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Re: Scientific Literature on Capabilities (was Re: CORS versus Uniform Messaging?)

From: Adam Barth <w3c@adambarth.com>
Date: Mon, 14 Dec 2009 10:16:29 -0800
Message-ID: <7789133a0912141016g9b14994r93deb75214cc068e@mail.gmail.com>
To: Jonathan Rees <jar@creativecommons.org>
Cc: Maciej Stachowiak <mjs@apple.com>, "Mark S. Miller" <erights@google.com>, Jonas Sicking <jonas@sicking.cc>, Arthur Barstow <Art.Barstow@nokia.com>, Tyler Close <tyler.close@gmail.com>, Ian Hickson <ian@hixie.ch>, Anne van Kesteren <annevk@opera.com>, public-webapps <public-webapps@w3.org>
On Mon, Dec 14, 2009 at 5:53 AM, Jonathan Rees <jar@creativecommons.org> wrote:
> The only complaint I know of regarding UM is that it is so complicated
> to use in practice that it will not be as enabling as CORS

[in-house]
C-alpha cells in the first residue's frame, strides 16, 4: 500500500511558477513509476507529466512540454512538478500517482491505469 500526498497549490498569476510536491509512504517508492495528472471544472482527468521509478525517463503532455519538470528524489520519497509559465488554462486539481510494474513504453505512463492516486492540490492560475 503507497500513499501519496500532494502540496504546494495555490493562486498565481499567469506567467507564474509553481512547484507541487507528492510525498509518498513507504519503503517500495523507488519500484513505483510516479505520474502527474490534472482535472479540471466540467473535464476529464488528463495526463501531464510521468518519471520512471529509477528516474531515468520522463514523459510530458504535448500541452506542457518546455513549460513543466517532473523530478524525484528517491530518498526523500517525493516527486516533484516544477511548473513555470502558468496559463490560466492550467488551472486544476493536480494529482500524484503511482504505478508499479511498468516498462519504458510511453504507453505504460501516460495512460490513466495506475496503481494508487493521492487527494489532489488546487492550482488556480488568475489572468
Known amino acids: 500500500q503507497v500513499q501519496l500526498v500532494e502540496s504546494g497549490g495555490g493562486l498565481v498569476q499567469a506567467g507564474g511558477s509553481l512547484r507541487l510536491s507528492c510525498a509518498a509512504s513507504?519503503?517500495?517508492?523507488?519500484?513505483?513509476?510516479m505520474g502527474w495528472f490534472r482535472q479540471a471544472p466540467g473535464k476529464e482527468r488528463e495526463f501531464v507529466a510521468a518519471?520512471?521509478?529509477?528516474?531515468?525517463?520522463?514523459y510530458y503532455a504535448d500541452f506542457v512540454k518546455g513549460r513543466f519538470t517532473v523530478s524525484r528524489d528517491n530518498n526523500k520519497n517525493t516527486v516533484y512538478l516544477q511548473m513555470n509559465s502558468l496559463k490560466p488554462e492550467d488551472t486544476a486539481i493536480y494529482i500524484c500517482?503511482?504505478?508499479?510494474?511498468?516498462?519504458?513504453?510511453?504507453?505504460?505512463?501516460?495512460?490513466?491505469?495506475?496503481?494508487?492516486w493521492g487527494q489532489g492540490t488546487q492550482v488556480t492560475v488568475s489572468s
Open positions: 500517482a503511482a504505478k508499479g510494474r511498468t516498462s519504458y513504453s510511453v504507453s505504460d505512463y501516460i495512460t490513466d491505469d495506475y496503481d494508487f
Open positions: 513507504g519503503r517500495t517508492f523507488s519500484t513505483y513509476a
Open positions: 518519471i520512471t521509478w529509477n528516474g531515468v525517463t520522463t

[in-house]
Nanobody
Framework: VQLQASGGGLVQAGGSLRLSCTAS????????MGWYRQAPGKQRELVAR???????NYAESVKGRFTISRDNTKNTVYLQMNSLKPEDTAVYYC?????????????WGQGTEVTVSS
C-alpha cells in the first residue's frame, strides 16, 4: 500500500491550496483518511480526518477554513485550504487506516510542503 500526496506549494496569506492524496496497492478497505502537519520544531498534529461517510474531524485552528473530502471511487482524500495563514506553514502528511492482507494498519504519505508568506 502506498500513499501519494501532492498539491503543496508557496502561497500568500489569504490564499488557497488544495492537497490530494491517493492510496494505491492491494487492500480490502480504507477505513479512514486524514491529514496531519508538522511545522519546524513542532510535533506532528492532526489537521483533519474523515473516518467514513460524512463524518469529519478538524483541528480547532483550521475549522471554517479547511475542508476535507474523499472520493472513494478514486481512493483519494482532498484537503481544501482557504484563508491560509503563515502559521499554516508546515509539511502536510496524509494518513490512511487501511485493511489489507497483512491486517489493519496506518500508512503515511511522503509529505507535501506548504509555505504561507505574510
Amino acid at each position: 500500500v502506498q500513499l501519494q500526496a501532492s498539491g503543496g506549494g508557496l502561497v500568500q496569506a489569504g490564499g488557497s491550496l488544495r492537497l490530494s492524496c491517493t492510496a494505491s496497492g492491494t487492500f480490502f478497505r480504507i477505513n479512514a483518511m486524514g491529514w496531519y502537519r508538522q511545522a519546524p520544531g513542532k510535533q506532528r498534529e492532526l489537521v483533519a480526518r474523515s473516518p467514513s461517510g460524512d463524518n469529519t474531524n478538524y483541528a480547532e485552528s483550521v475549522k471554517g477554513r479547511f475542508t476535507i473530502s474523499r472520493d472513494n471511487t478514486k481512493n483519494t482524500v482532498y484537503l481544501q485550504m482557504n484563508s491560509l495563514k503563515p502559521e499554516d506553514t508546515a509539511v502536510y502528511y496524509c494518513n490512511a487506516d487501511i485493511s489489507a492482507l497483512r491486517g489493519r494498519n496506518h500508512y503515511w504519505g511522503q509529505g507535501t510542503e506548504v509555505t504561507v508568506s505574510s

Actually, Tyler's UM protocol requires the user to confirm message 5
to prevent a CSRF attack.  Maciej's CORS version of the protocol
requires no such user confirmation.  I think it's safe to say that
asking the user to confirm security-critical operations is not a good

> Regarding the idea that UM is unproven or undeployed - I think this is
> a peculiar charge given that object-oriented programming dates from
> 1967, and actors date from 1973; and current use of the capability
> pattern, for example in email list validation, shared calendar access
> control, and CSRF defense (Mark can probably provide many other and
> better examples), *is* something we can build on. Ocaps have been
> essentially unchanged for 40 years, with essentially no elaboration or
> revision despite heavy stress testing. AFAIK the academic and
> practical security communities have not converged on any distributed
> (i.e. multilateral) access control system *other* than capabilities.

You're really overstating your case to the point where it's ridiculous.

Received on Monday, 14 December 2009 18:17:22 UTC

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